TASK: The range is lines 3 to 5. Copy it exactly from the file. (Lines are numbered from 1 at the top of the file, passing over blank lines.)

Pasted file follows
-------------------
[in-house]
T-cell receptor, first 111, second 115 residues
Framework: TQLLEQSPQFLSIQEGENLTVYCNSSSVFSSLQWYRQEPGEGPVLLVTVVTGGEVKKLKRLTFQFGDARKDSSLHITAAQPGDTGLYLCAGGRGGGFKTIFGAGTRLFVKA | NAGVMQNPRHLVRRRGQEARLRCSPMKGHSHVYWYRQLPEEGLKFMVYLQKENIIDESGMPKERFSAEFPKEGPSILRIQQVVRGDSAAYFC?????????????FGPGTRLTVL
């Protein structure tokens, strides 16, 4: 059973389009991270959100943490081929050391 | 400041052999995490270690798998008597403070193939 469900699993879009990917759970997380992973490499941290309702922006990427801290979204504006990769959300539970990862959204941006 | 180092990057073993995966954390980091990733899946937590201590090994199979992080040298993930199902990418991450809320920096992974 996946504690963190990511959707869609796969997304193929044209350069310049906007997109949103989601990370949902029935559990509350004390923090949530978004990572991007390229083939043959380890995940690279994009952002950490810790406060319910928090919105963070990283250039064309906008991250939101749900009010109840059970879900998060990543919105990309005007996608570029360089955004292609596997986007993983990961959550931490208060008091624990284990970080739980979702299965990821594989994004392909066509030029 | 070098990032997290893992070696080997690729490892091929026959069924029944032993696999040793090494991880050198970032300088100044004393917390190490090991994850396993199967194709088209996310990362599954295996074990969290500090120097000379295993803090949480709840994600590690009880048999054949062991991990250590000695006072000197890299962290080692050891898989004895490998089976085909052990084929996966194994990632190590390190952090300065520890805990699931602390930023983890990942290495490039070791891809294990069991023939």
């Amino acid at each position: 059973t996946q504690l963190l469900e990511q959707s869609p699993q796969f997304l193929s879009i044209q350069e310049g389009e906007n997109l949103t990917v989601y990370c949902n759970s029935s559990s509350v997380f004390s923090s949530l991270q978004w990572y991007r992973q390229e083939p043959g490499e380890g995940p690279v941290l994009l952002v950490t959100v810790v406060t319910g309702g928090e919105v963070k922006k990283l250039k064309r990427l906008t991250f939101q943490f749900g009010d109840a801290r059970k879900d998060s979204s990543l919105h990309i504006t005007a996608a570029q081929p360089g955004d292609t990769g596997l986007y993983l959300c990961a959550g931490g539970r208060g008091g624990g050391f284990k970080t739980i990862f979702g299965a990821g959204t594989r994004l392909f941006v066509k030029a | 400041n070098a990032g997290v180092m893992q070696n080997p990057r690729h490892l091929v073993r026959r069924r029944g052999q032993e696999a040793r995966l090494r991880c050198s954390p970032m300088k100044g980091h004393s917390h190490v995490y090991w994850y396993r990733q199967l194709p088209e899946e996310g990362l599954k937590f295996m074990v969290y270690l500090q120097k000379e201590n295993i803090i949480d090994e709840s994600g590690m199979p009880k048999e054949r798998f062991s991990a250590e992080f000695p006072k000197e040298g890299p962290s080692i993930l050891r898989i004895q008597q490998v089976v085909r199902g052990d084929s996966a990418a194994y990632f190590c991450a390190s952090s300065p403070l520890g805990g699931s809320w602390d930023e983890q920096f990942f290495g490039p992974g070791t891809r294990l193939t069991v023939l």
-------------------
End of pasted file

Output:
Framework: TQLLEQSPQFLSIQEGENLTVYCNSSSVFSSLQWYRQEPGEGPVLLVTVVTGGEVKKLKRLTFQFGDARKDSSLHITAAQPGDTGLYLCAGGRGGGFKTIFGAGTRLFVKA | NAGVMQNPRHLVRRRGQEARLRCSPMKGHSHVYWYRQLPEEGLKFMVYLQKENIIDESGMPKERFSAEFPKEGPSILRIQQVVRGDSAAYFC?????????????FGPGTRLTVL
């Protein structure tokens, strides 16, 4: 059973389009991270959100943490081929050391 | 400041052999995490270690798998008597403070193939 469900699993879009990917759970997380992973490499941290309702922006990427801290979204504006990769959300539970990862959204941006 | 180092990057073993995966954390980091990733899946937590201590090994199979992080040298993930199902990418991450809320920096992974 996946504690963190990511959707869609796969997304193929044209350069310049906007997109949103989601990370949902029935559990509350004390923090949530978004990572991007390229083939043959380890995940690279994009952002950490810790406060319910928090919105963070990283250039064309906008991250939101749900009010109840059970879900998060990543919105990309005007996608570029360089955004292609596997986007993983990961959550931490208060008091624990284990970080739980979702299965990821594989994004392909066509030029 | 070098990032997290893992070696080997690729490892091929026959069924029944032993696999040793090494991880050198970032300088100044004393917390190490090991994850396993199967194709088209996310990362599954295996074990969290500090120097000379295993803090949480709840994600590690009880048999054949062991991990250590000695006072000197890299962290080692050891898989004895490998089976085909052990084929996966194994990632190590390190952090300065520890805990699931602390930023983890990942290495490039070791891809294990069991023939």
């Amino acid at each position: 059973t996946q504690l963190l469900e990511q959707s869609p699993q796969f997304l193929s879009i044209q350069e310049g389009e906007n997109l949103t990917v989601y990370c949902n759970s029935s559990s509350v997380f004390s923090s949530l991270q978004w990572y991007r992973q390229e083939p043959g490499e380890g995940p690279v941290l994009l952002v950490t959100v810790v406060t319910g309702g928090e919105v963070k922006k990283l250039k064309r990427l906008t991250f939101q943490f749900g009010d109840a801290r059970k879900d998060s979204s990543l919105h990309i504006t005007a996608a570029q081929p360089g955004d292609t990769g596997l986007y993983l959300c990961a959550g931490g539970r208060g008091g624990g050391f284990k970080t739980i990862f979702g299965a990821g959204t594989r994004l392909f941006v066509k030029a | 400041n070098a990032g997290v180092m893992q070696n080997p990057r690729h490892l091929v073993r026959r069924r029944g052999q032993e696999a040793r995966l090494r991880c050198s954390p970032m300088k100044g980091h004393s917390h190490v995490y090991w994850y396993r990733q199967l194709p088209e899946e996310g990362l599954k937590f295996m074990v969290y270690l500090q120097k000379e201590n295993i803090i949480d090994e709840s994600g590690m199979p009880k048999e054949r798998f062991s991990a250590e992080f000695p006072k000197e040298g890299p962290s080692i993930l050891r898989i004895q008597q490998v089976v085909r199902g052990d084929s996966a990418a194994y990632f190590c991450a390190s952090s300065p403070l520890g805990g699931s809320w602390d930023e983890q920096f990942f290495g490039p992974g070791t891809r294990l193939t069991v023939l």